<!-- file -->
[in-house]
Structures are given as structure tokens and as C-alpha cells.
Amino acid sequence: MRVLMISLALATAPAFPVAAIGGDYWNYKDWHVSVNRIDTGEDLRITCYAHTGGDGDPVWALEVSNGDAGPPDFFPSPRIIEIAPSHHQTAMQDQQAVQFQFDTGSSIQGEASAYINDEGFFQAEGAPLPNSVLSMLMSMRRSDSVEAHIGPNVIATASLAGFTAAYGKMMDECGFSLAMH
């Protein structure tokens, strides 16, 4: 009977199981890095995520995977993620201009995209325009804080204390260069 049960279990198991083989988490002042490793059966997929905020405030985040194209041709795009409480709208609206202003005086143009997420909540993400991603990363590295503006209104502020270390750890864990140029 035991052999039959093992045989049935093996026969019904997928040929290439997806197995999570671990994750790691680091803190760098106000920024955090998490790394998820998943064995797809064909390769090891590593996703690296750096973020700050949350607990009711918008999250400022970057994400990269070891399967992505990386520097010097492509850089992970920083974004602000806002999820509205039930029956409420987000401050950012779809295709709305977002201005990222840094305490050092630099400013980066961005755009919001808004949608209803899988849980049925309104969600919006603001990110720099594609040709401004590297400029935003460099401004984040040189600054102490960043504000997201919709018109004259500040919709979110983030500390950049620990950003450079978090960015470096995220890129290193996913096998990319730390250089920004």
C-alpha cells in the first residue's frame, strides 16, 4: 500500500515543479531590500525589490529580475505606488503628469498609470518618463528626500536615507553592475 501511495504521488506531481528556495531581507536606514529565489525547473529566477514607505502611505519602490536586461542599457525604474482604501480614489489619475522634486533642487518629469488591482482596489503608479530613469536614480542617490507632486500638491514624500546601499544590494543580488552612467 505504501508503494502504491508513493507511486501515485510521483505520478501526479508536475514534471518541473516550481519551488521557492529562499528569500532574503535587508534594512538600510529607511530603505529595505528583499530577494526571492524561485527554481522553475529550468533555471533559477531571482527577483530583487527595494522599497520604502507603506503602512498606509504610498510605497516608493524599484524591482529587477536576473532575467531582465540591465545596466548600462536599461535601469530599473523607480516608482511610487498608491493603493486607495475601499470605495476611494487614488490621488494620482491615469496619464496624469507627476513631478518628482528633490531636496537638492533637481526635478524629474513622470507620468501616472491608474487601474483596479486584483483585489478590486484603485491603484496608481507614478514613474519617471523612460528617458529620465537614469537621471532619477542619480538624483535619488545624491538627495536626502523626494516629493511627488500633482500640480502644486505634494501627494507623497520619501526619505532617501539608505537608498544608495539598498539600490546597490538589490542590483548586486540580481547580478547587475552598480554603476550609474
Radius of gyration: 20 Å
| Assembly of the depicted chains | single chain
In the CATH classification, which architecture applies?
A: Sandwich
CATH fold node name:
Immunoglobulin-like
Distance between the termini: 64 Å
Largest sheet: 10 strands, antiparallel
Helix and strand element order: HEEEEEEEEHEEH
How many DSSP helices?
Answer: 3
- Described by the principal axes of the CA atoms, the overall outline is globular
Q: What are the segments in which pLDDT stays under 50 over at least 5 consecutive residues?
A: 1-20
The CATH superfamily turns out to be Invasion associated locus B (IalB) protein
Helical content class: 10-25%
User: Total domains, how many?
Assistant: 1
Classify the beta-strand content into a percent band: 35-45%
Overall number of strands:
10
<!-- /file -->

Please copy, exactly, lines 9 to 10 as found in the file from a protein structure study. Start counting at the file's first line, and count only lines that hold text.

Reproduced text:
A: Sandwich
CATH fold node name: